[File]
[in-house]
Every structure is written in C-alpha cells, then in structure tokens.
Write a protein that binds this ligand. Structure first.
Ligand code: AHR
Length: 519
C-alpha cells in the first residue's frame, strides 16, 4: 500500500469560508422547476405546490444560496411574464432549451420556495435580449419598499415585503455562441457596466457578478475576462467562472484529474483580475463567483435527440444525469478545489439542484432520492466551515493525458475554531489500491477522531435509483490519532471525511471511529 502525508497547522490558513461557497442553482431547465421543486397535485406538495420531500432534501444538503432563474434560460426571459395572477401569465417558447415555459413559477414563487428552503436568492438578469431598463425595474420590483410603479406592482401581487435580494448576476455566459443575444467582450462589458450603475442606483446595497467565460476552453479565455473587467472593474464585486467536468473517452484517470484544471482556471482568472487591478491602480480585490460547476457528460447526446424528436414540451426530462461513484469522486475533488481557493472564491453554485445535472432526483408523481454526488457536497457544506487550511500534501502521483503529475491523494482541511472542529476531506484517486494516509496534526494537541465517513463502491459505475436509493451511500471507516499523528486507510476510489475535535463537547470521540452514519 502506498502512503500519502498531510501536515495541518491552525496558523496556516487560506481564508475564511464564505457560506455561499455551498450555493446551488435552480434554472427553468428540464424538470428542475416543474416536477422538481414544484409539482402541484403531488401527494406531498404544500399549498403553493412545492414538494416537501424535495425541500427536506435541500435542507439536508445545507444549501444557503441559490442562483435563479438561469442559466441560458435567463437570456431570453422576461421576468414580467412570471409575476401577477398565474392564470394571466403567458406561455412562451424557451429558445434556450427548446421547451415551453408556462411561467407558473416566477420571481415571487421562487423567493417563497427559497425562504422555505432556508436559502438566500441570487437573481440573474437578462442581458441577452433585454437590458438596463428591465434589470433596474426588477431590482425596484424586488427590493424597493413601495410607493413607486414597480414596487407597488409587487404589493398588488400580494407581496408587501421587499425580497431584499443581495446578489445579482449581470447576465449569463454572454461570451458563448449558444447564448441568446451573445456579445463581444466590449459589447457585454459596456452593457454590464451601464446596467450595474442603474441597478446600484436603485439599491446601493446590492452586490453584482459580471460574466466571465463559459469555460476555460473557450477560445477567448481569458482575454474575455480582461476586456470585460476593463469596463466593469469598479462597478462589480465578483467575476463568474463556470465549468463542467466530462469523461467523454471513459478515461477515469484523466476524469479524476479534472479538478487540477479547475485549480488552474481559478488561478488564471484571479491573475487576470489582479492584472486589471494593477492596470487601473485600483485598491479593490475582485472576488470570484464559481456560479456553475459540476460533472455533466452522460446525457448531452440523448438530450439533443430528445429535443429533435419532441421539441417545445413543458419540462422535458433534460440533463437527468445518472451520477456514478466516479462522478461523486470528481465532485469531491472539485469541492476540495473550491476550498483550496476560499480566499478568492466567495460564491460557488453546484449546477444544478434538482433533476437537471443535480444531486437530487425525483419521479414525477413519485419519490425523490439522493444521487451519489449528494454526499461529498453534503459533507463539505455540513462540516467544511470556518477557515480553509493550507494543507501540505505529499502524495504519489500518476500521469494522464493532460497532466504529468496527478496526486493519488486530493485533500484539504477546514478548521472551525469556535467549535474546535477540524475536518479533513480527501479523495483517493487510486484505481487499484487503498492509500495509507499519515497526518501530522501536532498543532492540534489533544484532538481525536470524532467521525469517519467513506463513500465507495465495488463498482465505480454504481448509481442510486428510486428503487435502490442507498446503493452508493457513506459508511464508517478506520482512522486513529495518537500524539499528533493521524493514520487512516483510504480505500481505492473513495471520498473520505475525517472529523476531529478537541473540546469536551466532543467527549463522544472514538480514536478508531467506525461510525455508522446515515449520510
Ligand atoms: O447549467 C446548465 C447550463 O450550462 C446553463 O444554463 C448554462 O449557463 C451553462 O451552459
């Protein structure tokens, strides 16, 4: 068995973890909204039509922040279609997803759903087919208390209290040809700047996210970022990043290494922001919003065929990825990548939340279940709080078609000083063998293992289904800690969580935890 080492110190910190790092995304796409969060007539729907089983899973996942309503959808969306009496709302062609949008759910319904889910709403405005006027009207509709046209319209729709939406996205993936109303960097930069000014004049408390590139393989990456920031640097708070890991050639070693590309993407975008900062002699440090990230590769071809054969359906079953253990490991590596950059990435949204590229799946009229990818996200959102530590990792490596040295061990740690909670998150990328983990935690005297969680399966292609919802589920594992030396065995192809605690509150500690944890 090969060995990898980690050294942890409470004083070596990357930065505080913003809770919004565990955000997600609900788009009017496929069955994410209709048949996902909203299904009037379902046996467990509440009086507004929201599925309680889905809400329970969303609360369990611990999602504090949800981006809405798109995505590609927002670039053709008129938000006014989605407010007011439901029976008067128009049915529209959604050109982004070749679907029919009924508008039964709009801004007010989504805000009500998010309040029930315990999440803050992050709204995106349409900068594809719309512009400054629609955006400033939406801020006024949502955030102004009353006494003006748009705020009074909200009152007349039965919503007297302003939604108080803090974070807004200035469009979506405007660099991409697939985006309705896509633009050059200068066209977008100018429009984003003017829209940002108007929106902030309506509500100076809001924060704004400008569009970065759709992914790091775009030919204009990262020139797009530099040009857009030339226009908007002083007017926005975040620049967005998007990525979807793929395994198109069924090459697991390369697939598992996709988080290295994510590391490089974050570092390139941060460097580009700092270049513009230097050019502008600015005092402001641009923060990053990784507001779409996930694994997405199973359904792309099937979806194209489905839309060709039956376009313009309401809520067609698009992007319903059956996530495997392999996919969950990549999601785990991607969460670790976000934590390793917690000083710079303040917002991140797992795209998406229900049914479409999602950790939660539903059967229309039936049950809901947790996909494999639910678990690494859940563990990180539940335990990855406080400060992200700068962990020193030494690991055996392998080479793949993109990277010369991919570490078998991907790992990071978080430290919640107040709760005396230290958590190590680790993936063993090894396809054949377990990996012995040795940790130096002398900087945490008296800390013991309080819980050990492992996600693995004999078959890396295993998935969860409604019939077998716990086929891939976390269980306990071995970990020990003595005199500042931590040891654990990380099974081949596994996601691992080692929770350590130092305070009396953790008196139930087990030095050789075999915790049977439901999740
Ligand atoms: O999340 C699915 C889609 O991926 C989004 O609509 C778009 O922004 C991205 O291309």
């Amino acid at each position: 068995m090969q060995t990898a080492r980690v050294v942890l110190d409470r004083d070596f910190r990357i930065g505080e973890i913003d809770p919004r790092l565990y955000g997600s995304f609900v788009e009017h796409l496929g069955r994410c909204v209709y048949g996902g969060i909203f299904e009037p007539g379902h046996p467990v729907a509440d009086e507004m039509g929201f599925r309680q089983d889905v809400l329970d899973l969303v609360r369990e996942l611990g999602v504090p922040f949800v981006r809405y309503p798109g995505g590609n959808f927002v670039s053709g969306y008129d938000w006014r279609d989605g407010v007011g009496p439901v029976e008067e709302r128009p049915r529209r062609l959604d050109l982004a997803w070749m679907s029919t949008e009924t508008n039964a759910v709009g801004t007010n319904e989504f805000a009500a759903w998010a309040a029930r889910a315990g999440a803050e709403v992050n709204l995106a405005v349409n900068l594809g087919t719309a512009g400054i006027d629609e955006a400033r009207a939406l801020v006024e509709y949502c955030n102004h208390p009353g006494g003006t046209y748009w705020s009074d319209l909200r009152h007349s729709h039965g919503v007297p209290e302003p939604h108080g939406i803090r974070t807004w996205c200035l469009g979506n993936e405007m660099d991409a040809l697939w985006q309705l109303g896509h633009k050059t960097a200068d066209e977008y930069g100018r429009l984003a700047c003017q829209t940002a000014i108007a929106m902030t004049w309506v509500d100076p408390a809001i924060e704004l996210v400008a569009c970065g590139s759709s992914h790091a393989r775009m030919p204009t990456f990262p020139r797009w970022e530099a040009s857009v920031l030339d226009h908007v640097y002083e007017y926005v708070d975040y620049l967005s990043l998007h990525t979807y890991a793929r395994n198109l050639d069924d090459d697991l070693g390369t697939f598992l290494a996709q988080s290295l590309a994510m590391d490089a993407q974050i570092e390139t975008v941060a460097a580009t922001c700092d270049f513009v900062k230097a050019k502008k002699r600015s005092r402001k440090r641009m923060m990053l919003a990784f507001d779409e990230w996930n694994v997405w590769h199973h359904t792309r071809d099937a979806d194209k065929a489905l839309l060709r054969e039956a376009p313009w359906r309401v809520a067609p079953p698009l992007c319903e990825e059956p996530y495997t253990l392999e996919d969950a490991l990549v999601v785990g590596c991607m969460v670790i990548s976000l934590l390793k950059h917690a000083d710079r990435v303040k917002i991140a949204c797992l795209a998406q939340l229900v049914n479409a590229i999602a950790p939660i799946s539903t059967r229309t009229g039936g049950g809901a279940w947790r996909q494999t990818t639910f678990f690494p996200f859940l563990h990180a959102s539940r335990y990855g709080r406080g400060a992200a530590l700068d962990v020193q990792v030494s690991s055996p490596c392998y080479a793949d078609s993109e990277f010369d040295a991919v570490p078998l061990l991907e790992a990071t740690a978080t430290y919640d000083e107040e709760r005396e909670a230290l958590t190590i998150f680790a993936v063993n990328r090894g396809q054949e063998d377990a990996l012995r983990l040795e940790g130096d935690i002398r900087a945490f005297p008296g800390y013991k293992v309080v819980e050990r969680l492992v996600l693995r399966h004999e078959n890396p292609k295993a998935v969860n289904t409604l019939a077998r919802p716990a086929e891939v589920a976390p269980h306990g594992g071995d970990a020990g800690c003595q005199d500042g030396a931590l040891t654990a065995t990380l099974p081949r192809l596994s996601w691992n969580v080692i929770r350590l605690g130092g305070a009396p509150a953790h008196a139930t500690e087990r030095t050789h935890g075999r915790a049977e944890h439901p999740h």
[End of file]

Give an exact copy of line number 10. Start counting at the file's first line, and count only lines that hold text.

């Amino acid at each position: 068995m090969q060995t990898a080492r980690v050294v942890l110190d409470r004083d070596f910190r990357i930065g505080e973890i913003d809770p919004r790092l565990y955000g997600s995304f609900v788009e009017h796409l496929g069955r994410c909204v209709y048949g996902g969060i909203f299904e009037p007539g379902h046996p467990v729907a509440d009086e507004m039509g929201f599925r309680q089983d889905v809400l329970d899973l969303v609360r369990e996942l611990g999602v504090p922040f949800v981006r809405y309503p798109g995505g590609n959808f927002v670039s053709g969306y008129d938000w006014r279609d989605g407010v007011g009496p439901v029976e008067e709302r128009p049915r529209r062609l959604d050109l982004a997803w070749m679907s029919t949008e009924t508008n039964a759910v709009g801004t007010n319904e989504f805000a009500a759903w998010a309040a029930r889910a315990g999440a803050e709403v992050n709204l995106a405005v349409n900068l594809g087919t719309a512009g400054i006027d629609e955006a400033r009207a939406l801020v006024e509709y949502c955030n102004h208390p009353g006494g003006t046209y748009w705020s009074d319209l909200r009152h007349s729709h039965g919503v007297p209290e302003p939604h108080g939406i803090r974070t807004w996205c200035l469009g979506n993936e405007m660099d991409a040809l697939w985006q309705l109303g896509h633009k050059t960097a200068d066209e977008y930069g100018r429009l984003a700047c003017q829209t940002a000014i108007a929106m902030t004049w309506v509500d100076p408390a809001i924060e704004l996210v400008a569009c970065g590139s759709s992914h790091a393989r775009m030919p204009t990456f990262p020139r797009w970022e530099a040009s857009v920031l030339d226009h908007v640097y002083e007017y926005v708070d975040y620049l967005s990043l998007h990525t979807y890991a793929r395994n198109l050639d069924d090459d697991l070693g390369t697939f598992l290494a996709q988080s290295l590309a994510m590391d490089a993407q974050i570092e390139t975008v941060a460097a580009t922001c700092d270049f513009v900062k230097a050019k502008k002699r600015s005092r402001k440090r641009m923060m990053l919003a990784f507001d779409e990230w996930n694994v997405w590769h199973h359904t792309r071809d099937a979806d194209k065929a489905l839309l060709r054969e039956a376009p313009w359906r309401v809520a067609p079953p698009l992007c319903e990825e059956p996530y495997t253990l392999e996919d969950a490991l990549v999601v785990g590596c991607m969460v670790i990548s976000l934590l390793k950059h917690a000083d710079r990435v303040k917002i991140a949204c797992l795209a998406q939340l229900v049914n479409a590229i999602a950790p939660i799946s539903t059967r229309t009229g039936g049950g809901a279940w947790r996909q494999t990818t639910f678990f690494p996200f859940l563990h990180a959102s539940r335990y990855g709080r406080g400060a992200a530590l700068d962990v020193q990792v030494s690991s055996p490596c392998y080479a793949d078609s993109e990277f010369d040295a991919v570490p078998l061990l991907e790992a990071t740690a978080t430290y919640d000083e107040e709760r005396e909670a230290l958590t190590i998150f680790a993936v063993n990328r090894g396809q054949e063998d377990a990996l012995r983990l040795e940790g130096d935690i002398r900087a945490f005297p008296g800390y013991k293992v309080v819980e050990r969680l492992v996600l693995r399966h004999e078959n890396p292609k295993a998935v969860n289904t409604l019939a077998r919802p716990a086929e891939v589920a976390p269980h306990g594992g071995d970990a020990g800690c003595q005199d500042g030396a931590l040891t654990a065995t990380l099974p081949r192809l596994s996601w691992n969580v080692i929770r350590l605690g130092g305070a009396p509150a953790h008196a139930t500690e087990r030095t050789h935890g075999r915790a049977e944890h439901p999740h």